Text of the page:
But I have said that Julian tutored me in one of his apostasies. This is how it happened. As we headed home we stopped at the height of a hill overlooking the town of Williams Ford and the River Pine as it cut through the low places on its way from the mountains of the West. From here we had a fine view of the steeple of the Dominion Hall, and the revolving water-wheels of the grist mill and the lumber mill, all blue in the long light and hazy with coal-smoke, and far to the south a railway bridge spanning the gorge of the Pine like a suspended thread. Go inside, the weather seemed to proclaim; it’s fair but it won’t be fair for long; bolt the window, stoke the fire, boil the apples; winter’s due. We rested our horses on that windy hilltop as the afternoon softened toward evening, and Julian found a blackberry bramble where the berries were still plump and dark, and we plucked some of these and ate them.
That was the world I had been born into. It was an autumn like every autumn I could remember, drowsy in its familiarity. But I couldn’t help thinking of the Tip and its ghosts. Maybe those people, the people who had lived through the Efflorescence of Oil and the False Tribulation, had felt about their homes and neighborhoods just as I felt about Williams Ford. They were ghosts to me, but they must have seemed real enough to themselves—must have been real; had not realized they were ghosts; and did that I mean I was also a ghost, a revenant to haunt some future generation?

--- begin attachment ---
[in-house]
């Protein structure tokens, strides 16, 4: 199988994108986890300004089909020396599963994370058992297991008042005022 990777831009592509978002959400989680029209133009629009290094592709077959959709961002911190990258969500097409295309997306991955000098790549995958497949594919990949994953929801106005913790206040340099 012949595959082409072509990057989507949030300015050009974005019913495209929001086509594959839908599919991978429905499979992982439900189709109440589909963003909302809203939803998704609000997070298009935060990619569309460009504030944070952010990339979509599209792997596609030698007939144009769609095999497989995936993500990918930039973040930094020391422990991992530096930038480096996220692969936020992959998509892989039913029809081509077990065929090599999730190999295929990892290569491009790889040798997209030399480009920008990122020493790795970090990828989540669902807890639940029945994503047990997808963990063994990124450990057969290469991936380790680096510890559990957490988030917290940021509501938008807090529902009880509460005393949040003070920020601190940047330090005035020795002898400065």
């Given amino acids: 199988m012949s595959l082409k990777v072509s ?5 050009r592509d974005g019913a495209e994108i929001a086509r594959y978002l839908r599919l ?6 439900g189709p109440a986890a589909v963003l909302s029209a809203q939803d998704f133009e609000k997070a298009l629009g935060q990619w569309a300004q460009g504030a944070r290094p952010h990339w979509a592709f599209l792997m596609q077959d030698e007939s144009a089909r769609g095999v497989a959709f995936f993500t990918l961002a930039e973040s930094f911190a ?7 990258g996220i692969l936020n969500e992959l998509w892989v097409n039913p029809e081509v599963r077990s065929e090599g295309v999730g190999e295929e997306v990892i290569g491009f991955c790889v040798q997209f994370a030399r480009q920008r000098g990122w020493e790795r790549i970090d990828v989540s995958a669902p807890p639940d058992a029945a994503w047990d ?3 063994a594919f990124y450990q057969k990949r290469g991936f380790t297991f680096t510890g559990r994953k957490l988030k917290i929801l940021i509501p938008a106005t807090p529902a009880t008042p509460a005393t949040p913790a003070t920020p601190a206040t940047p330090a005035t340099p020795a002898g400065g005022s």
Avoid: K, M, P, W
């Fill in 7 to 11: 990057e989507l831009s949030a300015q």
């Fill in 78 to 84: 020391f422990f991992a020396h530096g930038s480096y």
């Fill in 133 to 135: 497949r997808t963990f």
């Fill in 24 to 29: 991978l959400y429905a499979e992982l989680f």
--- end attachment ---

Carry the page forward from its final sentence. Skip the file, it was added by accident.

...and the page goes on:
Julian saw my expression and asked what was troubling me. I told him my thoughts.
“Now you’re thinking like a Philosopher,” he said, grinning.
“No wonder they’re such a miserable brigade, then.”
“Unfair, Adam—you’ve never seen a Philosopher in your life.” Julian believed in Philosophers, and claimed to have met one or two.
“Well, I imagine they’re miserable, if they go around thinking of themselves as ghosts and such.”
“It’s the condition of all things,” Julian said. “This blackberry, for example.” He plucked one and held it in the pale palm of his hand. “Has it always looked like this?”
“Obviously not,” I said, impatiently.
“Once it was a tiny green bud of a thing, and before that it was part of the substance of the bramble, which before that was a seed inside a blackberry—”
“And round and round for all eternity.”